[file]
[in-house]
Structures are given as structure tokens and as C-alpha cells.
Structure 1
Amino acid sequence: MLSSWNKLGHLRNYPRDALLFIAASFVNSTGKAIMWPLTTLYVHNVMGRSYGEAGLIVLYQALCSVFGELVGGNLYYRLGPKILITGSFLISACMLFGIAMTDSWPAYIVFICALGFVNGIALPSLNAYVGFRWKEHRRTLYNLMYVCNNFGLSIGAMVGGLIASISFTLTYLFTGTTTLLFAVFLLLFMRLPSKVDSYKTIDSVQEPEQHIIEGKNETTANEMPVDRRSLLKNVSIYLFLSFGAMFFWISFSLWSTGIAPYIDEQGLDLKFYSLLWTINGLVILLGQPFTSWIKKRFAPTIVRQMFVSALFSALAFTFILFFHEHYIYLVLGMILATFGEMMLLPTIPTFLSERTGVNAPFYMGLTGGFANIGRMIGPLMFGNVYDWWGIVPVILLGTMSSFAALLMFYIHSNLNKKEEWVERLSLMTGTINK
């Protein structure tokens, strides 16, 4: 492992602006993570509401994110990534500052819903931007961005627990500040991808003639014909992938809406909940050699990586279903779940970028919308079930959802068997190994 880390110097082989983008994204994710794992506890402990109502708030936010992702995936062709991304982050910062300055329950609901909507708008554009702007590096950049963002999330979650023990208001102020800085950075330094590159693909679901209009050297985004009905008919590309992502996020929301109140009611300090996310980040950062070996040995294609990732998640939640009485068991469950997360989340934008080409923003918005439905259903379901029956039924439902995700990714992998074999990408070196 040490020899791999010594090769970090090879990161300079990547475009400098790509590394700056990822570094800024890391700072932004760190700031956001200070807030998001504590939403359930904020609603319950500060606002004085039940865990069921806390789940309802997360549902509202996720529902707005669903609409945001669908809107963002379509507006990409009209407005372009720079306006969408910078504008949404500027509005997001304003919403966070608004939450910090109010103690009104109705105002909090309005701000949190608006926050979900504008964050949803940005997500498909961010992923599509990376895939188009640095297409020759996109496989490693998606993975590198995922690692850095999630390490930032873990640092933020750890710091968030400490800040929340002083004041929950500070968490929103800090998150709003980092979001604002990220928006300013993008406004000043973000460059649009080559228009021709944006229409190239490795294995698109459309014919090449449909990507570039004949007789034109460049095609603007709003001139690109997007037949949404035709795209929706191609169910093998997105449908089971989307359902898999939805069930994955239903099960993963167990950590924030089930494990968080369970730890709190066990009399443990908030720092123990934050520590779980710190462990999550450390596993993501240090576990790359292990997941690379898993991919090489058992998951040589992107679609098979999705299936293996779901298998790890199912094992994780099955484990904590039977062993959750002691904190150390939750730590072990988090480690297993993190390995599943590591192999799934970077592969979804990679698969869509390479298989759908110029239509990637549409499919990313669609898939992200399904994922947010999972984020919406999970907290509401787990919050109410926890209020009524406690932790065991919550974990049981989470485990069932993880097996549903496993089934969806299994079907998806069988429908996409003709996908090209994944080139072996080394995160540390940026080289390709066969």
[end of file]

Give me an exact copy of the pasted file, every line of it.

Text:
[in-house]
Structures are given as structure tokens and as C-alpha cells.
Structure 1
Amino acid sequence: MLSSWNKLGHLRNYPRDALLFIAASFVNSTGKAIMWPLTTLYVHNVMGRSYGEAGLIVLYQALCSVFGELVGGNLYYRLGPKILITGSFLISACMLFGIAMTDSWPAYIVFICALGFVNGIALPSLNAYVGFRWKEHRRTLYNLMYVCNNFGLSIGAMVGGLIASISFTLTYLFTGTTTLLFAVFLLLFMRLPSKVDSYKTIDSVQEPEQHIIEGKNETTANEMPVDRRSLLKNVSIYLFLSFGAMFFWISFSLWSTGIAPYIDEQGLDLKFYSLLWTINGLVILLGQPFTSWIKKRFAPTIVRQMFVSALFSALAFTFILFFHEHYIYLVLGMILATFGEMMLLPTIPTFLSERTGVNAPFYMGLTGGFANIGRMIGPLMFGNVYDWWGIVPVILLGTMSSFAALLMFYIHSNLNKKEEWVERLSLMTGTINK
């Protein structure tokens, strides 16, 4: 492992602006993570509401994110990534500052819903931007961005627990500040991808003639014909992938809406909940050699990586279903779940970028919308079930959802068997190994 880390110097082989983008994204994710794992506890402990109502708030936010992702995936062709991304982050910062300055329950609901909507708008554009702007590096950049963002999330979650023990208001102020800085950075330094590159693909679901209009050297985004009905008919590309992502996020929301109140009611300090996310980040950062070996040995294609990732998640939640009485068991469950997360989340934008080409923003918005439905259903379901029956039924439902995700990714992998074999990408070196 040490020899791999010594090769970090090879990161300079990547475009400098790509590394700056990822570094800024890391700072932004760190700031956001200070807030998001504590939403359930904020609603319950500060606002004085039940865990069921806390789940309802997360549902509202996720529902707005669903609409945001669908809107963002379509507006990409009209407005372009720079306006969408910078504008949404500027509005997001304003919403966070608004939450910090109010103690009104109705105002909090309005701000949190608006926050979900504008964050949803940005997500498909961010992923599509990376895939188009640095297409020759996109496989490693998606993975590198995922690692850095999630390490930032873990640092933020750890710091968030400490800040929340002083004041929950500070968490929103800090998150709003980092979001604002990220928006300013993008406004000043973000460059649009080559228009021709944006229409190239490795294995698109459309014919090449449909990507570039004949007789034109460049095609603007709003001139690109997007037949949404035709795209929706191609169910093998997105449908089971989307359902898999939805069930994955239903099960993963167990950590924030089930494990968080369970730890709190066990009399443990908030720092123990934050520590779980710190462990999550450390596993993501240090576990790359292990997941690379898993991919090489058992998951040589992107679609098979999705299936293996779901298998790890199912094992994780099955484990904590039977062993959750002691904190150390939750730590072990988090480690297993993190390995599943590591192999799934970077592969979804990679698969869509390479298989759908110029239509990637549409499919990313669609898939992200399904994922947010999972984020919406999970907290509401787990919050109410926890209020009524406690932790065991919550974990049981989470485990069932993880097996549903496993089934969806299994079907998806069988429908996409003709996908090209994944080139072996080394995160540390940026080289390709066969």